Tubular system. The tubular system has four components: (a) proximal tubule (PT), (b) loop of Henle, (c) distal tubule (DT), and (d) collecting tubule. These components are divided further into subsegments each with specific cellular structures and functions. The kidneys filter about 180 liters of fluid per day with an electrolyte composition similar to that of plasma. Clearly, if all of this filtrate were excreted, total body water and electrolytes would be excreted in a few hours. Thus, the nephrons have the responsibility of handling this large volume of filtrate and separating that which must be conserved and that which needs to be excreted. The advantage of filtering such a large volume of fluid is that plasma clearance of waste products can occur rapidly. The disadvantage, however, is that the majority of the filtrate must be recycled back to the plasma, with little room for error.

In order to accomplish this tenuous task, the nephron is physically divided into subsegments with "assigned" specific tasks. In general, the proximal tubule can be thought of as the "bulk-phase" segment of the nephron as it transports water and solutes in bulk. It reabsorbs, and thus, returns to the plasma, up to 100% of the filtered solutes that the body does not routinely wish to discard, such as glucose, amino acids, and bicarbonate and reabsorbs a large percentage of solutes, such as sodium, potassium, chloride, calcium, and magnesium, and water whose amounts of excretion will vary throughout the day. This is not to say that regulation of transport of any of these solutes does not occur in the proximal tubule. In fact, transport of most of these solutes is tightly regulated, but the regulation involves a gross versus fine-me regulation.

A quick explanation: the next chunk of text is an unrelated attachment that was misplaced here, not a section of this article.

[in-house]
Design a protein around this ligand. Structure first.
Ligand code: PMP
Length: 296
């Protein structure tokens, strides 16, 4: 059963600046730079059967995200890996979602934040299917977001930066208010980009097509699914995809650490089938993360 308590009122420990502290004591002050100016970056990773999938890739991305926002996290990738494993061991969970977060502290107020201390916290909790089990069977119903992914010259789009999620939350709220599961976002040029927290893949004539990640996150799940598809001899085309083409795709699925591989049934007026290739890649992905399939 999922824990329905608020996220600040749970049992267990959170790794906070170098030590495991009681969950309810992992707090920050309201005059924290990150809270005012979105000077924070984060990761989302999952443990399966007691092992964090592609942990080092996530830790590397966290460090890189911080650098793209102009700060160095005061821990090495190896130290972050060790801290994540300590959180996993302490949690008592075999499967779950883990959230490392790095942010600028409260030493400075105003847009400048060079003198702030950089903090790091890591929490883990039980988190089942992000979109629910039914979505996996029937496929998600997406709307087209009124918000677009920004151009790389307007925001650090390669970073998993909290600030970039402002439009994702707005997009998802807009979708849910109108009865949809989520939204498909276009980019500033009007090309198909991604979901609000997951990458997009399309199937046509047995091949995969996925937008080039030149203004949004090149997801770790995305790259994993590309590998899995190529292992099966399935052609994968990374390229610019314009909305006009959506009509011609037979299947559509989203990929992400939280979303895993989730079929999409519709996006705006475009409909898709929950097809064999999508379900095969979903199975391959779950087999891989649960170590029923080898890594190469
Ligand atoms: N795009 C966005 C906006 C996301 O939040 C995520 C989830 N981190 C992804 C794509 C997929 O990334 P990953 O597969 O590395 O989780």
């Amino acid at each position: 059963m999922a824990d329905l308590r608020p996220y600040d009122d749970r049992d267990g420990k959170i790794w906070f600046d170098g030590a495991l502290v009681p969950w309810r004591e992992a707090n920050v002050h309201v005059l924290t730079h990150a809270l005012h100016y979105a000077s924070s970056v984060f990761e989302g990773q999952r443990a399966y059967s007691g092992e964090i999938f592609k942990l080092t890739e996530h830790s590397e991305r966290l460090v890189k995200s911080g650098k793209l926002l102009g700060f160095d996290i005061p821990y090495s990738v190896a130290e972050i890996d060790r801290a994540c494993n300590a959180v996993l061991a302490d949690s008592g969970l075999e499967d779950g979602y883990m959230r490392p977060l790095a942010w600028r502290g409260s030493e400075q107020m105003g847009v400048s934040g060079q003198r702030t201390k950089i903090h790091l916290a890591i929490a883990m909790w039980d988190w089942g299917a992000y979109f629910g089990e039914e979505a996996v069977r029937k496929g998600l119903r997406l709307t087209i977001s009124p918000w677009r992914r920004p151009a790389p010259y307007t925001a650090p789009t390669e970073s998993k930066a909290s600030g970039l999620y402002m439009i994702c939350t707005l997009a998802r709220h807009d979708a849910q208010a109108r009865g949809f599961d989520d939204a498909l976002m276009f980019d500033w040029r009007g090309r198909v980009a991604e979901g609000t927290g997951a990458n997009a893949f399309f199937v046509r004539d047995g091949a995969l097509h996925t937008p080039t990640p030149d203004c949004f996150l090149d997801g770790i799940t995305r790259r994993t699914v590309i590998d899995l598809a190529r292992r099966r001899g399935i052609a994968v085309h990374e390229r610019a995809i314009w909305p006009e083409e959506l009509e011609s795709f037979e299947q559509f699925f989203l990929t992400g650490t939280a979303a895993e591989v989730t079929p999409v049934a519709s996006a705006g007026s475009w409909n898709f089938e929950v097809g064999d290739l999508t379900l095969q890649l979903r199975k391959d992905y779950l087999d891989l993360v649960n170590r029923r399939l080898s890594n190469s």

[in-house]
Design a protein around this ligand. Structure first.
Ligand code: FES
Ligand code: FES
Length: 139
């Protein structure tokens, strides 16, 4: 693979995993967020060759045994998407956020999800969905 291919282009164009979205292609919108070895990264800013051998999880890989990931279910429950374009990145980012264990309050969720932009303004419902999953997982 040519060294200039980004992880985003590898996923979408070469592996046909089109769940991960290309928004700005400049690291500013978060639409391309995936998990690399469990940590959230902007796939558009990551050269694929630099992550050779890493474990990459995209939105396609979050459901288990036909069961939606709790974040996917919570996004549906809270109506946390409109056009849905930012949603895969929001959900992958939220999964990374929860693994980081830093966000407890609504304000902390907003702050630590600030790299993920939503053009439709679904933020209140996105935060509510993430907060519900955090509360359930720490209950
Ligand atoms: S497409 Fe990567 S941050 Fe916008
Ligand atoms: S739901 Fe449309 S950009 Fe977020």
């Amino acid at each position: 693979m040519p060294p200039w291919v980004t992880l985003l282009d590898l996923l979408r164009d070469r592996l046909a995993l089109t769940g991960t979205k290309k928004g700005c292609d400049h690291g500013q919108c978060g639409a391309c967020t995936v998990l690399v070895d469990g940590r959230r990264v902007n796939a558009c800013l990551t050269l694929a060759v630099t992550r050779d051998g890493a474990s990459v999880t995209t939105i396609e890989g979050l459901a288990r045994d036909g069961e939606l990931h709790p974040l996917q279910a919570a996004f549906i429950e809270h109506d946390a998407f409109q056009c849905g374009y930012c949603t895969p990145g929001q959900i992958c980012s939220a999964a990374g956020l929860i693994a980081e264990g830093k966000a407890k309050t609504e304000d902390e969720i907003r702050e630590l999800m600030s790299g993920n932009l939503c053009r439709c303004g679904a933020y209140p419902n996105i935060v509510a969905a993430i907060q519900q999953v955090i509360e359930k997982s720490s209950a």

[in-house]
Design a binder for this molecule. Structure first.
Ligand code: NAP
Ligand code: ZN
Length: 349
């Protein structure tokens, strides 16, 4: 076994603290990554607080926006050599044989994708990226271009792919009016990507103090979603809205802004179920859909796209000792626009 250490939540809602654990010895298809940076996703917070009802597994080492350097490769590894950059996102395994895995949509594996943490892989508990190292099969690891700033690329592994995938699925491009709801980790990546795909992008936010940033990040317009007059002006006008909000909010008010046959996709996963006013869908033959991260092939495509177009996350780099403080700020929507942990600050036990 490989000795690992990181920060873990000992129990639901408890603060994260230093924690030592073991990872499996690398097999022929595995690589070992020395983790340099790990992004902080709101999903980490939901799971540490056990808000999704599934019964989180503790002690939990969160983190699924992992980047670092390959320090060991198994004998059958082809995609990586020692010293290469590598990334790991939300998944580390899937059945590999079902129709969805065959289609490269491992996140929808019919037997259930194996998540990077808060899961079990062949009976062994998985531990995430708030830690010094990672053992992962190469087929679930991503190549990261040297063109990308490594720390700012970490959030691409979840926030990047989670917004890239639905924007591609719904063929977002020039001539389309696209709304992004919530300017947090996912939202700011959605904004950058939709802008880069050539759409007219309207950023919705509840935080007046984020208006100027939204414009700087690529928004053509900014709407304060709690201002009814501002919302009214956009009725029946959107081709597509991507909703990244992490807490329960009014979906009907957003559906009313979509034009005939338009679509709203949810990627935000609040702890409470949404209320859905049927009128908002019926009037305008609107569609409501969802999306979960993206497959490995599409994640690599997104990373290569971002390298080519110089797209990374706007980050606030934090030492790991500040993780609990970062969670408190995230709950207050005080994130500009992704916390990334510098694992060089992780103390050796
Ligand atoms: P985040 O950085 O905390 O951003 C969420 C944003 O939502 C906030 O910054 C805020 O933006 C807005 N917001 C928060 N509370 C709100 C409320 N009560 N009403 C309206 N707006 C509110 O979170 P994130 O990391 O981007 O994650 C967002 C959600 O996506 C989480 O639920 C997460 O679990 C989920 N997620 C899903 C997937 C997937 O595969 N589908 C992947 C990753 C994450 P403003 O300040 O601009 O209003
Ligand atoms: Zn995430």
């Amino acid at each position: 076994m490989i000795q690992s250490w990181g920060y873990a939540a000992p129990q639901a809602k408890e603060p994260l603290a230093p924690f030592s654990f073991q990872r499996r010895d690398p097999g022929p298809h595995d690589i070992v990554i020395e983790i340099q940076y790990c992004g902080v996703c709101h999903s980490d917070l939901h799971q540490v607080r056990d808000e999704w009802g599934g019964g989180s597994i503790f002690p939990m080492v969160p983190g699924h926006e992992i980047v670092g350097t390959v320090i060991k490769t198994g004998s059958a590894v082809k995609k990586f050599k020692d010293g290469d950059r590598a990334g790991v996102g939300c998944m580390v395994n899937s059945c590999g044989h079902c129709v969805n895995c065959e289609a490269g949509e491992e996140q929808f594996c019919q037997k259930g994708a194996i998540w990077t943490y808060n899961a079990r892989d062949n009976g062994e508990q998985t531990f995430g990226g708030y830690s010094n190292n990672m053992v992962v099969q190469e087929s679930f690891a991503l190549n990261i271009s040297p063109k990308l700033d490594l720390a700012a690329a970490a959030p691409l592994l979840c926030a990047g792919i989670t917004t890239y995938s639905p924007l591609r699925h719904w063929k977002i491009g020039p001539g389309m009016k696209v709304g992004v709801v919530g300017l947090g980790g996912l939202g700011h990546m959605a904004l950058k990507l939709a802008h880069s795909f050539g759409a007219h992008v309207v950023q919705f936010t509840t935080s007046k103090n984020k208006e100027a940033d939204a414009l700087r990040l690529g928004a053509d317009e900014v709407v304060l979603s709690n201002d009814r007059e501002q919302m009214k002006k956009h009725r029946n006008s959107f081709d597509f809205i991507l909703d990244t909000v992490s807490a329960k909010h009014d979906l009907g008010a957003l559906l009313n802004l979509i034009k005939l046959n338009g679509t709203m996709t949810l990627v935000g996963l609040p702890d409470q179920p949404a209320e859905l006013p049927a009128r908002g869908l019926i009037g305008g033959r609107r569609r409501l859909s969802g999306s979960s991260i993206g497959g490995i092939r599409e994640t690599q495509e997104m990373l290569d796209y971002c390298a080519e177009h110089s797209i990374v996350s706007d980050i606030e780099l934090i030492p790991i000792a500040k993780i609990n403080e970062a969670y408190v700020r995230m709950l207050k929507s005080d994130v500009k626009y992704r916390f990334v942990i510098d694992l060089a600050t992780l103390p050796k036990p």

The distal nephron, including all subsegments between the thin descending limb of the loop of Henle and the inner-medullary collecting tubule, is the site of fine-tune regulation of all solutes and water that leave the proximal tubule. In the articles that follow in this series, the nephron segments specifically handling these solutes and water will be discussed in detail, along with discussions of the regulation of solute and water excretion. In total, these processes govern maintenance of a systemic homeostatic milieu with regards to volume regulation, acid-base balance, and electrolyte balance. The next section of this article introduces the nephron subsegments, describing their anatomic differences, and summarizing their roles in water and solute regulation.